By Genoa Barrow | OBSERVER Senior Staff Writer
A number of Black women have gone on from the California state legislature to continue their political service in other realms and roles. The OBSERVER highlights a few here — Yvonne Brathwaite Burke, Sydney Kamlager-Dove, Holly Mitchell and Karen Bass.
Yvonne Brathwaite Burke (D-Los Angeles) led from the front and had a number of firsts throughout her career. Brathwaite Burke was the first African American woman elected to the California legislature in 1966. She focused much of her efforts on legislation that supported civil rights and protected youth. Brathwaite Burke served in the state assembly until 1972. A year later, she became the first African American woman to represent the West Coast in Congress. She was the first African American and woman of color to serve as vice chair of the Democratic National Convention. While in office, she authored a bill to prohibit discrimination against pregnant women in the workplace. In 1974, Brathwaite Burke also became the first member of Congress to give birth while in office. That child, Autumn Burke, would later join the California Assembly just as her mother had decades prior. They were the first mother-daughter to both serve in the assembly. The elder lawmaker later went on to become the first woman and first African African to serve on the Los Angeles County Board of Supervisors. Today, she sits on the national board of Amtrak, having been appointed by the nation’s first Black president, Barack Obama.
Kam In A ‘CRISES’
Sydney Kamlager-Dove (D-Los Angeles) was elected to the California Assembly in 2018 and the California Senate in 2021. She became a member of the U.S. Congress earlier this year, representing Los Angeles in the 37th District. In her time in the state legislature, Kamlager-Dove saw the passage of her bill, AB 2054, aka the C.R.I.S.E.S. Act, that provides for trained community-led teams to respond to non-violent 911 calls. She also worked to establish the Small Business COVID-19 Relief Grant Program and the Affordable Prescription Drug Act and sponsored bills aimed at reducing disparities in health care and California’s judicial system.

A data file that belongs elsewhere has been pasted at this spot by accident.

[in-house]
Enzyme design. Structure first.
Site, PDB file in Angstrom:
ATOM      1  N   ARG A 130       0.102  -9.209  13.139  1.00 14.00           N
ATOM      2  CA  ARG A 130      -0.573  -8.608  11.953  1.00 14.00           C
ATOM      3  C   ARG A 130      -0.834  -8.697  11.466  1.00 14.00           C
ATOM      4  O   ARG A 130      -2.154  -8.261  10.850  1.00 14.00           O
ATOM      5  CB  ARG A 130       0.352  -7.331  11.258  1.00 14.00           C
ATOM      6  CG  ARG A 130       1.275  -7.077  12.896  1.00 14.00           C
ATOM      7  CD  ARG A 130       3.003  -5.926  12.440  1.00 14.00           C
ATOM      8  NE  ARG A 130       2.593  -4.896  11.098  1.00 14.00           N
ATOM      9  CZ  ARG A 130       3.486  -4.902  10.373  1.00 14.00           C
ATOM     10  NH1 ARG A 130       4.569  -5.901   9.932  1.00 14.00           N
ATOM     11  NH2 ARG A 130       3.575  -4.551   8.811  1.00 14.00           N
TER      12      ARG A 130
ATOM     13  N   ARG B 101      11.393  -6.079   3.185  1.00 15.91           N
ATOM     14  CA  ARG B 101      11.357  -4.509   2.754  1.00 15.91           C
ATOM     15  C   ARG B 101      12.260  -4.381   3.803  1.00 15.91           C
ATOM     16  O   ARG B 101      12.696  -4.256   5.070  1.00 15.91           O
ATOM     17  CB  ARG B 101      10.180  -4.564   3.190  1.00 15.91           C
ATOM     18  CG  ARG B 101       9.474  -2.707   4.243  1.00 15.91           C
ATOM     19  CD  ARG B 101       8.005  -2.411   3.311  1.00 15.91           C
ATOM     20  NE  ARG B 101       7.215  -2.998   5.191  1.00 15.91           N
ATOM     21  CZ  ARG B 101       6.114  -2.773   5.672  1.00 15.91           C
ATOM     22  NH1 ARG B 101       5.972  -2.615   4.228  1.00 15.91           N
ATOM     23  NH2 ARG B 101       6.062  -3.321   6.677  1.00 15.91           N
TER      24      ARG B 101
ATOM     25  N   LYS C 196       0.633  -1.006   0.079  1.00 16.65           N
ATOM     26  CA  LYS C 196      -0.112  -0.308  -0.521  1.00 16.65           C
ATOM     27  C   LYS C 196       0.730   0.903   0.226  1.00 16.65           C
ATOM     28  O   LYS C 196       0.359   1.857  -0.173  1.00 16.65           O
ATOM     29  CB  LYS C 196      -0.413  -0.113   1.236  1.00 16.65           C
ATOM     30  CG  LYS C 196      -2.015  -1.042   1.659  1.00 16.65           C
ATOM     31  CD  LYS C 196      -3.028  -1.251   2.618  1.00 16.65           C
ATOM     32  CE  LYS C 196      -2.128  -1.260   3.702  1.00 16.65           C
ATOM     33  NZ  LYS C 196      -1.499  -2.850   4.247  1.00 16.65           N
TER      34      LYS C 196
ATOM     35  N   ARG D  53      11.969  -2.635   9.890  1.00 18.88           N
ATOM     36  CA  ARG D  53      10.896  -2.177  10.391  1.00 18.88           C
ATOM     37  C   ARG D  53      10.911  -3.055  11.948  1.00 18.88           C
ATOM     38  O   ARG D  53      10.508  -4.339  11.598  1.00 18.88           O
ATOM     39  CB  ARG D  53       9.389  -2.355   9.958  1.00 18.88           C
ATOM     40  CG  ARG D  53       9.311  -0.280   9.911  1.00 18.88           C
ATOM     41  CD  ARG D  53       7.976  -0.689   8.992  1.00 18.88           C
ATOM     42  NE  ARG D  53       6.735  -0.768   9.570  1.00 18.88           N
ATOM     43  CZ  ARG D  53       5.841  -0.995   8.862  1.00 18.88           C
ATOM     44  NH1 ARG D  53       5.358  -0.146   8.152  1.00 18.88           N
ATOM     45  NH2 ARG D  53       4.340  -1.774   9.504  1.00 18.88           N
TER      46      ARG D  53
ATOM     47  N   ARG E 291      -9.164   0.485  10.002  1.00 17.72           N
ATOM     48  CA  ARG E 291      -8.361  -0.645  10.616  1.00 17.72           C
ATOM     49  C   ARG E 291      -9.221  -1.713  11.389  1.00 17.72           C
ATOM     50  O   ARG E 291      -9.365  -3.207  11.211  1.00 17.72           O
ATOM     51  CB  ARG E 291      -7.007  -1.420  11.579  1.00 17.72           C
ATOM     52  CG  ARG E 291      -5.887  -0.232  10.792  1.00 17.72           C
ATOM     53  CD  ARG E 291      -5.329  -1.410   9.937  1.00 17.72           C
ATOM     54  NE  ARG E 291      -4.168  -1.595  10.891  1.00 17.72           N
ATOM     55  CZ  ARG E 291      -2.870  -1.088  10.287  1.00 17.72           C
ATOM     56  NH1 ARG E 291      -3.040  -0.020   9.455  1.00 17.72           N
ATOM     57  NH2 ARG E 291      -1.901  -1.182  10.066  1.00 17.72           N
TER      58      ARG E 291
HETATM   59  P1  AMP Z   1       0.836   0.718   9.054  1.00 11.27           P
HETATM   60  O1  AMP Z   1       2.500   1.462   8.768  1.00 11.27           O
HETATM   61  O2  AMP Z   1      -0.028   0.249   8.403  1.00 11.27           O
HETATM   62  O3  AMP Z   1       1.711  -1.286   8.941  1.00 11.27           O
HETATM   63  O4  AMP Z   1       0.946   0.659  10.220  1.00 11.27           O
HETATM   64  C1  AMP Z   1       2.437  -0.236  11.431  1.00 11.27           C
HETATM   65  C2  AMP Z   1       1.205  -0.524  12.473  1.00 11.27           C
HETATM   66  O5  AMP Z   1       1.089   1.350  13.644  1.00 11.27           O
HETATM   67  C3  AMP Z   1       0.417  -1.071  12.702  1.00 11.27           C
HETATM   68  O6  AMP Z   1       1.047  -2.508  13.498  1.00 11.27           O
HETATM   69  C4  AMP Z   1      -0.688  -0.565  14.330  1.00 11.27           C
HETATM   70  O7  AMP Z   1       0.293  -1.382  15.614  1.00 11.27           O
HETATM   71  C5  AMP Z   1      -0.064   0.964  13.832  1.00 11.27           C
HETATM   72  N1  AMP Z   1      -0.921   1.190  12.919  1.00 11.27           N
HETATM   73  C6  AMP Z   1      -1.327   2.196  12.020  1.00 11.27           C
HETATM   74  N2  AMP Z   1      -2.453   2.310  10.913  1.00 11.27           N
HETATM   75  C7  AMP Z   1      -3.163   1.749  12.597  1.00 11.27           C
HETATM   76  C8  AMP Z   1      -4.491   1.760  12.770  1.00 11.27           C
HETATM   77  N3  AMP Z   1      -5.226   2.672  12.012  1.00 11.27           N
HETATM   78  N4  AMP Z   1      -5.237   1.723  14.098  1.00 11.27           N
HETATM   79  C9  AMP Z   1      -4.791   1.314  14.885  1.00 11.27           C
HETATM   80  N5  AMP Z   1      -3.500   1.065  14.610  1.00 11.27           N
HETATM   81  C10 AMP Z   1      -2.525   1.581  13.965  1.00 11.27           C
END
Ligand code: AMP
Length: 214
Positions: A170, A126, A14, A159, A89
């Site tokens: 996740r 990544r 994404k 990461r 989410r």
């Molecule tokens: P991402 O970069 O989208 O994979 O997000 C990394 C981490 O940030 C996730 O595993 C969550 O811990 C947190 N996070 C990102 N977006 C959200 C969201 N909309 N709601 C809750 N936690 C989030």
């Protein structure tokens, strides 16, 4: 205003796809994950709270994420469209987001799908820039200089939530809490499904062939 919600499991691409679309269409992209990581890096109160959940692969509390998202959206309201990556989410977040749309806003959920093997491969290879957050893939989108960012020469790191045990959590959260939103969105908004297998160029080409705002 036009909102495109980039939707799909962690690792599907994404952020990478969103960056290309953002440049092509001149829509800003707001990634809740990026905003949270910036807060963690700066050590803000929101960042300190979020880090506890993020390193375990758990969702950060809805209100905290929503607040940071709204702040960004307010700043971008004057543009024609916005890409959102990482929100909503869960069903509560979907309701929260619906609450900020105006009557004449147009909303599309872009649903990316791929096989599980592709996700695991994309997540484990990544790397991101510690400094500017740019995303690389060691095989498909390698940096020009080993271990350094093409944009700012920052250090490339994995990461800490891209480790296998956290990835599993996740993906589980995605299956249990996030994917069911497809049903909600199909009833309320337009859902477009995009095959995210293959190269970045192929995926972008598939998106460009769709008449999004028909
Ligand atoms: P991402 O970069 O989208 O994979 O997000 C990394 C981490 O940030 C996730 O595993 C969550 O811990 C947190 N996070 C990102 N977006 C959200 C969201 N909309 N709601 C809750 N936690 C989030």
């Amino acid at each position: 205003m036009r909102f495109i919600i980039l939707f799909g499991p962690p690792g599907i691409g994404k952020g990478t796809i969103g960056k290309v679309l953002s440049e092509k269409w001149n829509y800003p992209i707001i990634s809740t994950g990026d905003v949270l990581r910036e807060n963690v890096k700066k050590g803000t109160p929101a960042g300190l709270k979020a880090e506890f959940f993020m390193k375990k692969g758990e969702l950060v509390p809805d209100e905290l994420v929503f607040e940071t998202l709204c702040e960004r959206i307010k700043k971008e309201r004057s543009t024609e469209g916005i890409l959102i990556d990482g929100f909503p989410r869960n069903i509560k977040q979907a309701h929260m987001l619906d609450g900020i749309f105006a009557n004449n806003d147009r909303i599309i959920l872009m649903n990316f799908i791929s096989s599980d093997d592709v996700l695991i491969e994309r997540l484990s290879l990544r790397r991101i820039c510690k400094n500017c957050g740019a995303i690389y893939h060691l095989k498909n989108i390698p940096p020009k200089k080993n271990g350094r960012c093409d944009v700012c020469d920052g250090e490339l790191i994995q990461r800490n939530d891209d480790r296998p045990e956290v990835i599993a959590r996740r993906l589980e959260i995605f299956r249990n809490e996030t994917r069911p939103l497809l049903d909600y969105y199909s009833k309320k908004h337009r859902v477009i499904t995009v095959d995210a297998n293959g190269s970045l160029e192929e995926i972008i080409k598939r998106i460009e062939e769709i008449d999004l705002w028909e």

Holly Mitchell (D-Los Angeles) has been described as the “queen of Los Angeles politics.” Mitchell was elected to the assembly in November 2010. She came from the non-pofit sector, but was no stranger to capital connections. She’d previously served in the Los Angeles field office for renowned former state senator, Diane Watson. Mitchell went on to be elected to the state senate herself and served from 2013 to 2020. Today, Mitchell sits on the powerful Los Angeles County Board of Supervisors. In the Assembly, Mitchell focused on job creation and improving the quality of the state’s public health and education systems and families’ access to them. She authored the CROWN ACT, which protects people in workplaces from discrimination based on their natural hair. The bill was signed into law by Gov. Gavin Newsom in July 2019, making California the first state to offer such protection.
Karen Bass (D-Los Angeles) was making a good name for herself long before “Karen” became slang for White women behaving badly. Bass, a former social worker, served in the California Assembly from 2004-2010. While there, she was a tireless champion for foster youth and helped the state get through the unprecedented budget crisis of 2009. She was speaker of the assembly during her last term, making her the first Black woman in U.S. history to lead in that capacity. She served in the U.S. House of Representatives from 2011-2022, having been encouraged to take over the 33rd Congressional District by retiring predecessor Diane Watson. In December 2022 Bass became the first woman and only the second African African to become mayor of Los Angeles.
EDITOR’S NOTE: Look for more profiles on women like Maxine Waters, Diane E, Watson, Barbara Lee and more as our “A Powerful Sisterhood” series continues.